Canvas paintings are generally larger and more daunting than the average piece of paper. Because of this, an artist needs to make a detailed sketch before starting to paint.
This article will review the best methods of sketching onto a new canvas for painting. These methods can vary based on what mediums you’ll be using. It will also discuss how to transfer a finished drawing to a canvas.
Can you sketch on canvas before painting?
Yes! Though sketching on canvas is different than sketching on paper. Canvas is generally a much rougher, more textured surface and will be even more textured based on how thoroughly you have primed the canvas.
The completely unprimed canvas is very rough. This surface is better for charcoal or soft drawing pencils, as the soft graphite will catch in the hills and valleys of the canvas and leave bold marks behind. This type of canvas is excellent for large strokes but makes tiny details hard to accomplish.
A canvas that you have only primed a little bit also works well for this reason, as it still has a lot of texture.
If use a heavily primed canvas, you are better able to use harder and sharper drawing tools. That is because the gesso has filled in most of the gaps on the surface, leaving behind a smooth finish. You can even use ink on a canvas like this, and it will allow you to add small details to your canvas that you would not be able to accomplish with softer graphite or charcoal.
How to heavily prime a canvas for pencil, marker, or ink sketches
You can buy a canvas that is already primed. But normally they are primed for painting and not for working with pencils or markers. So you might have to apply additional layers of gesso yourself.
It takes a bit of practice and patience to get a smooth surface on a heavily primed canvas. You will need to apply multiple coats of gesso and let each fully dry before applying the next one. Use a large, flat brush and bold strokes that are perpendicular to the strokes used in the layer underneath.
To get an even smoother surface, try lightly sanding each coat of gesso with a fine-grit sandpaper. This technique will give the next layer something to stick to and will smooth out the final layer. However, it is crucial to only sand a completely dry coat of gesso; you must also wipe off any debris before applying your next coat.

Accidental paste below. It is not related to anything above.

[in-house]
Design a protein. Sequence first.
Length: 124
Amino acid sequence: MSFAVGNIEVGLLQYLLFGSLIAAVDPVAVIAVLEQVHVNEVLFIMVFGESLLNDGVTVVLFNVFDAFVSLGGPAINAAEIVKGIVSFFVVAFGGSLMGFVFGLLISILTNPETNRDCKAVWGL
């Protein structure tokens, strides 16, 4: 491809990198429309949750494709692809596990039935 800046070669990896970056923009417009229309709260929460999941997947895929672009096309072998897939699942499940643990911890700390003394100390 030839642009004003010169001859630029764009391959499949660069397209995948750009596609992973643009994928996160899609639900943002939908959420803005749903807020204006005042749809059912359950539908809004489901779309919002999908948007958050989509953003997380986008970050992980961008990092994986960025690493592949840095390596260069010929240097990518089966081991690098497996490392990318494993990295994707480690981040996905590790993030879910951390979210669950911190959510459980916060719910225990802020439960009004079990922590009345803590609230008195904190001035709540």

Spray gesso is a new technique that will produce a smooth result. You will still need several layers, but the benefit of spray gesso is there will be no rough brush marks left behind after you apply it to the surface of the canvas.
What’s the best pencil for sketching on canvas?
A sketch is usually meant to be a guide, which is ultimately covered by the final piece of art or final painting. This fact is true while sketching on paper, and also while you draw on the canvas.
Because of this, darker marks from charcoal and B grade pencils will be harder to cover up with your painting medium of choice. It will also be harder to get a more detailed sketch with these mediums, so you will have to make many choices without a sketch to guide your hand.
One potential benefit of this is that your marks will be freer and looser – a detailed sketch that you follow exactly might make your final painting seem stiff.
One last downfall of softer leads and charcoal is that it might smear. A blurry sketch will be harder to translate into a finished painting. It might also mean that the charcoal or graphite mixes with your pigment and muddies your colors, making for a dull final product.
With all of this in mind, H grade pencils tend to be best for sketching on canvas. They are much less likely to smear or leave graphite behind in your paint. And as an added benefit, their sharp points will allow you to add detail to your sketches. They will simply need a heavily primed surface to be the most effective.